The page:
CRAVE Online: But stylistically they seem to be going off in a very broad direction.

John Carpenter: Everything is. All movies are.


CRAVE Online: I guess they are.

John Carpenter: This big style change has taken place over a number of years. And now, for a number of different reasons, I mean there’s a whole long discussion about it, there’s a lot of tempo involved in all these movies now. There’s a fear of anything that’s ‘leisurely…’


CRAVE Online: They don’t give anything time to breathe.

John Carpenter: Because the audience gets bored. It’s really the audience that’s demanding it, you know? The audiences are used to it.


CRAVE Online: In Halloween you have all those great movies that the kids are watching on TV, sort of commenting on the horror. I noticed that in The Ward you had [Bert I. Gordon’s] Tormented. Obviously it had some similar themes. Was that a specific choice?

John Carpenter: (Laughs) – Oh yeah, oh yeah. We had to have them watching television, and pass the television in a tracking shot. We had so many choices, always so many choices, and Tormented was the perfect one. It’s a ridiculous scene.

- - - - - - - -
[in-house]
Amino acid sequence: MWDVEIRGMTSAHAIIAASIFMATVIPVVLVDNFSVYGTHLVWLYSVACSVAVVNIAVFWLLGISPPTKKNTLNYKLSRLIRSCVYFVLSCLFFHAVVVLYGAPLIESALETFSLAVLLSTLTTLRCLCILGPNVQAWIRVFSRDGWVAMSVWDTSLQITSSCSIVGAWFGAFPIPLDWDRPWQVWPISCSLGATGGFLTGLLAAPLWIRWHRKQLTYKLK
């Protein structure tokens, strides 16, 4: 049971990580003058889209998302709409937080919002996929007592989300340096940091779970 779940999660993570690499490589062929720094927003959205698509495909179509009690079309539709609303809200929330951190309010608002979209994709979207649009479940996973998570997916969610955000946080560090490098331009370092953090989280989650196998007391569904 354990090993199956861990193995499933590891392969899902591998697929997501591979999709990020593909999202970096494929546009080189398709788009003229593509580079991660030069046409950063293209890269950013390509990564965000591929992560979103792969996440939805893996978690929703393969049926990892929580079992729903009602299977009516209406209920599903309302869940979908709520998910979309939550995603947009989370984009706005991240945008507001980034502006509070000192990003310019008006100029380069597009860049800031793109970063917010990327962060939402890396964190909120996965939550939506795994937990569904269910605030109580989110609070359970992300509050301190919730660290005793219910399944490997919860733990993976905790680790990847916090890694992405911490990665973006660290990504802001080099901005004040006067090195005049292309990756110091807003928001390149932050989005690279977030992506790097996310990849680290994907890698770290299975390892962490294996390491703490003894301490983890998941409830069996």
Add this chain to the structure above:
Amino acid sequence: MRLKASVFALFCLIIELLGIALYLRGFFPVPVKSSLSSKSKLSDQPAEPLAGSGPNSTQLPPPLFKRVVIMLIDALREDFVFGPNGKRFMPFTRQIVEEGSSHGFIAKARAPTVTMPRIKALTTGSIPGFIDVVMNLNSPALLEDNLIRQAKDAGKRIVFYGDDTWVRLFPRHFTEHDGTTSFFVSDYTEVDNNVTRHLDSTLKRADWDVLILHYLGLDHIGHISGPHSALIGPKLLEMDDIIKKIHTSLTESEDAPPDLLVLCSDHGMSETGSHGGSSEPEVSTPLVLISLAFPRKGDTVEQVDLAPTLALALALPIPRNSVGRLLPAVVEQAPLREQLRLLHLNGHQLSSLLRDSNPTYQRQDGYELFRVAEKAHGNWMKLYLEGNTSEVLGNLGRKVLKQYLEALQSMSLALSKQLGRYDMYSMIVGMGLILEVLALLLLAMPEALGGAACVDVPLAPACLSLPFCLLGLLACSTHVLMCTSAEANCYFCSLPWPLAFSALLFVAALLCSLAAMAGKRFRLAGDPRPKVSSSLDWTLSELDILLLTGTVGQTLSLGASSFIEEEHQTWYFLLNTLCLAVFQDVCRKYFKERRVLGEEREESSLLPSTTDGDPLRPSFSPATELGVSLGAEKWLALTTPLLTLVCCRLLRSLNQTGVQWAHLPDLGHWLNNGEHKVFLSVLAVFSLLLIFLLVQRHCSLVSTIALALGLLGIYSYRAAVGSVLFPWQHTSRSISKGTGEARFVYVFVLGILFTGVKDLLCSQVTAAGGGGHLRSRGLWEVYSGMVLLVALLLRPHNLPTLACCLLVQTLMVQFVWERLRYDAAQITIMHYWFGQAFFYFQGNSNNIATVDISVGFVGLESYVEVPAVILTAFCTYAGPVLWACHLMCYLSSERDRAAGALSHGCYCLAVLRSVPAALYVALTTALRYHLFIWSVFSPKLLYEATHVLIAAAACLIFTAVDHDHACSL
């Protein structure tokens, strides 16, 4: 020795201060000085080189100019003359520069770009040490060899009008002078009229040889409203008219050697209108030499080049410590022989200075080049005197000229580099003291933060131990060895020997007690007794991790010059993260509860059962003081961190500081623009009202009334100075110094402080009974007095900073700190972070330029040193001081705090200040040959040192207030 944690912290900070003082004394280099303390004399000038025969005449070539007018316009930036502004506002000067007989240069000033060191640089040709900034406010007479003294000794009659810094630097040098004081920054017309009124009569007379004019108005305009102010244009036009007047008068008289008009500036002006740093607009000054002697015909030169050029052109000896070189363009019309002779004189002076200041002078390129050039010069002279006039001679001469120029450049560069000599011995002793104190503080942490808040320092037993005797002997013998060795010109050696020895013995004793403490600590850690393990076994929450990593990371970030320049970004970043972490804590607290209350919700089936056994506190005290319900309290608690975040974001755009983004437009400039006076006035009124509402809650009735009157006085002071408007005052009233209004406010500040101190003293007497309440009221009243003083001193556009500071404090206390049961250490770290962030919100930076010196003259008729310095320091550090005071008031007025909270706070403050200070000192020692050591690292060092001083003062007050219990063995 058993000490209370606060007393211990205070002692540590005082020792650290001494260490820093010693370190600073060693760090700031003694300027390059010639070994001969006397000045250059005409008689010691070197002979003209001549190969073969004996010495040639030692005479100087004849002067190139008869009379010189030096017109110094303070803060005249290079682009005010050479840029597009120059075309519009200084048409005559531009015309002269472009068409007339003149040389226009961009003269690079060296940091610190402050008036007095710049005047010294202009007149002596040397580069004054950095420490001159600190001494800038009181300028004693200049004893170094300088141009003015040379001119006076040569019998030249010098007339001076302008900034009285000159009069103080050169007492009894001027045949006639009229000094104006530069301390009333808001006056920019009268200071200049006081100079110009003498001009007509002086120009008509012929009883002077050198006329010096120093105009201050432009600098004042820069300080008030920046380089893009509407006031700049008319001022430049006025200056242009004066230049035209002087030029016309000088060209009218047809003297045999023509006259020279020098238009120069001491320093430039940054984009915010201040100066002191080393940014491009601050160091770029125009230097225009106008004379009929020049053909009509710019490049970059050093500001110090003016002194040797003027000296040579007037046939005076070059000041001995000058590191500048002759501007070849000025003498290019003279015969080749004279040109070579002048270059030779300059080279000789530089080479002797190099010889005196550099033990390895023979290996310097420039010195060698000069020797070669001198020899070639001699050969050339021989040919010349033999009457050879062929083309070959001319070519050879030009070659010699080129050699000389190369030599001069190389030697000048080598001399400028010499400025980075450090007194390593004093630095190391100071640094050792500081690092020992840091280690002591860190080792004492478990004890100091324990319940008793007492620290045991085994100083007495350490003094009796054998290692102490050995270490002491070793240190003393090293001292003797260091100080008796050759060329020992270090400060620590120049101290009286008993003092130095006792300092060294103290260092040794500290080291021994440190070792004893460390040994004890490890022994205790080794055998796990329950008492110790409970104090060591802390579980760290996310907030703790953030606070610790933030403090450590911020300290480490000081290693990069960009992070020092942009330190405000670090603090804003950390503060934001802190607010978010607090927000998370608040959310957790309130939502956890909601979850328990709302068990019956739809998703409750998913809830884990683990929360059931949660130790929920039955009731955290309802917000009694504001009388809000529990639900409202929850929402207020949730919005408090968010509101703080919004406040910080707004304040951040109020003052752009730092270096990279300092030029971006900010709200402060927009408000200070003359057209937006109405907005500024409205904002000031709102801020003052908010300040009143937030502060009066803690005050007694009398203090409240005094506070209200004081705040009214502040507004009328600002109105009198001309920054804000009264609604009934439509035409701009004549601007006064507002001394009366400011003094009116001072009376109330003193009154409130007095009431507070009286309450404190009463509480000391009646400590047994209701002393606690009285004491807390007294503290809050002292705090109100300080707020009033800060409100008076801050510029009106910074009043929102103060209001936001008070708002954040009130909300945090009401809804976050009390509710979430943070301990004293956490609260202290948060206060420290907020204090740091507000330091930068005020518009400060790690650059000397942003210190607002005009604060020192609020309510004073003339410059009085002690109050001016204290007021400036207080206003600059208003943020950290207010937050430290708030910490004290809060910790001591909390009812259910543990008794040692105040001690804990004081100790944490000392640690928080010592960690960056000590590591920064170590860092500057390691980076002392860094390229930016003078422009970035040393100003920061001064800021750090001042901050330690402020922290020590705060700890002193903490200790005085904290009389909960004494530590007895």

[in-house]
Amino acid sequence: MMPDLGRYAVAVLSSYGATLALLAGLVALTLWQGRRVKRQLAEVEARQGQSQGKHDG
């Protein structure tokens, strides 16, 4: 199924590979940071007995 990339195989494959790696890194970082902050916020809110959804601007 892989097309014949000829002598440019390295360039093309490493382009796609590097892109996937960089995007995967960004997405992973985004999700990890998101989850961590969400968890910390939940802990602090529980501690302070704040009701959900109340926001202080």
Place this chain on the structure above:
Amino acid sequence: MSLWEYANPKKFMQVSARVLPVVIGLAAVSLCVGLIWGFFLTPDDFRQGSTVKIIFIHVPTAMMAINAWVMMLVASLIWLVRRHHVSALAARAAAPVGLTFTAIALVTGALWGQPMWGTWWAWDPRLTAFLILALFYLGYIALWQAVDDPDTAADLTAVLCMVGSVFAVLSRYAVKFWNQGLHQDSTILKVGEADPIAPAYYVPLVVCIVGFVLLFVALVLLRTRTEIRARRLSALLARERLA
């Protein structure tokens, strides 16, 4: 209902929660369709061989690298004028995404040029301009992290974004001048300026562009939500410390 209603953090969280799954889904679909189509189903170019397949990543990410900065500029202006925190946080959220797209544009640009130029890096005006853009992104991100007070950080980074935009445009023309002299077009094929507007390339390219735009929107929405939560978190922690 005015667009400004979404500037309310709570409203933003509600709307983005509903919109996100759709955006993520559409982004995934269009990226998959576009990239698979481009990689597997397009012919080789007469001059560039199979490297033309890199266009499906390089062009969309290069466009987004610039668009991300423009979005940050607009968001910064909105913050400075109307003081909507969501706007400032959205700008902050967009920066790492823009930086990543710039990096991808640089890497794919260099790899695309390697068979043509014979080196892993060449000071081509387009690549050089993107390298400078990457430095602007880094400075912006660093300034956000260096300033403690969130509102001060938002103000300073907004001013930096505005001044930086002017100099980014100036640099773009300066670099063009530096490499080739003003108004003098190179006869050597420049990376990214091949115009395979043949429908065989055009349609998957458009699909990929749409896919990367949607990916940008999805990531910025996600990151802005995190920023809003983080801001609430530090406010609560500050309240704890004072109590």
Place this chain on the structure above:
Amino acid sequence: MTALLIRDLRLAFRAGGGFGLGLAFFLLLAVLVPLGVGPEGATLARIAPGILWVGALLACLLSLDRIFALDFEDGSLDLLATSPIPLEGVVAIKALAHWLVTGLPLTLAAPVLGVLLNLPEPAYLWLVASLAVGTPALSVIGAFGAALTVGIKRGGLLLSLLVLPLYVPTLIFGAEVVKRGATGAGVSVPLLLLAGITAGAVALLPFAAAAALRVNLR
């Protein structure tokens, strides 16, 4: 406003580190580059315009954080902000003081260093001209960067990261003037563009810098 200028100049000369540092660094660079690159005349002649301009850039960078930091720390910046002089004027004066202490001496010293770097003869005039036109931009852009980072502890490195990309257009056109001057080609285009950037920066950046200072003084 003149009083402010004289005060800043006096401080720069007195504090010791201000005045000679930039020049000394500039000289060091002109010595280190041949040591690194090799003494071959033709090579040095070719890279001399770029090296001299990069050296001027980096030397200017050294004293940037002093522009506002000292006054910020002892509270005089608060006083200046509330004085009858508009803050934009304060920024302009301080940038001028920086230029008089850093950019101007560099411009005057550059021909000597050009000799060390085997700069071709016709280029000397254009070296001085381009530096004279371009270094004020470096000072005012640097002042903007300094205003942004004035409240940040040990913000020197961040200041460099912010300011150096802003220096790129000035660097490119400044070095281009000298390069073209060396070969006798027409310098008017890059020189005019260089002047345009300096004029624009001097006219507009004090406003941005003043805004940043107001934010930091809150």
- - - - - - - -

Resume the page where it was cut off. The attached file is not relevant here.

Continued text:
CRAVE Online: “Tom Stewart killed me! Tom Stewart killed me!”

John Carpenter: Oh, it’s so fabulous and funny.


CRAVE Online: Such a great movie.

John Carpenter: And it’s a ghost story. So I suppose those were the reasons.


CRAVE Online: So you didn’t compose the score for The Ward either. Did you want to?

John Carpenter: No.


CRAVE Online: No?

John Carpenter: No, no.


CRAVE Online: Why is that?

John Carpenter: Too much work!


CRAVE Online: (Laughs) – Do you want to compose again or are you done with that?

John Carpenter: I don’t know. Never say never. Maybe.


CRAVE Online: How did you decide on [The Ward’s composer] Mark Kilian?

John Carpenter: Talent. He’s just enormously talented. I love his score. I think his score is really good.


CRAVE Online: It is, actually! Honestly, of all the movies I’ve seen of yours where you didn’t do the score, I’d say The Ward might actually have the best, most evocative one.

John Carpenter: I totally agree with you. It’s really memorable. Really unusual.


CRAVE Online: I’d like to talk to you about some of your earlier films, if I may.

John Carpenter: (Laughs) – Please do.


CRAVE Online: Halloween III: Season of the Witch is getting a big cult audience right now. It took too long.

John Carpenter: Oh, it is? I didn’t know about this.



CRAVE Online: It is, actually! They’re starting to show it at midnight screenings here in Los Angeles. My girlfriend forced me to sit down and watch it because I never had before, and it’s a blast! I was wondering what your thoughts were looking back on it today. A lot of people considered it sort of a failed experiment at the time, but it’s really interesting.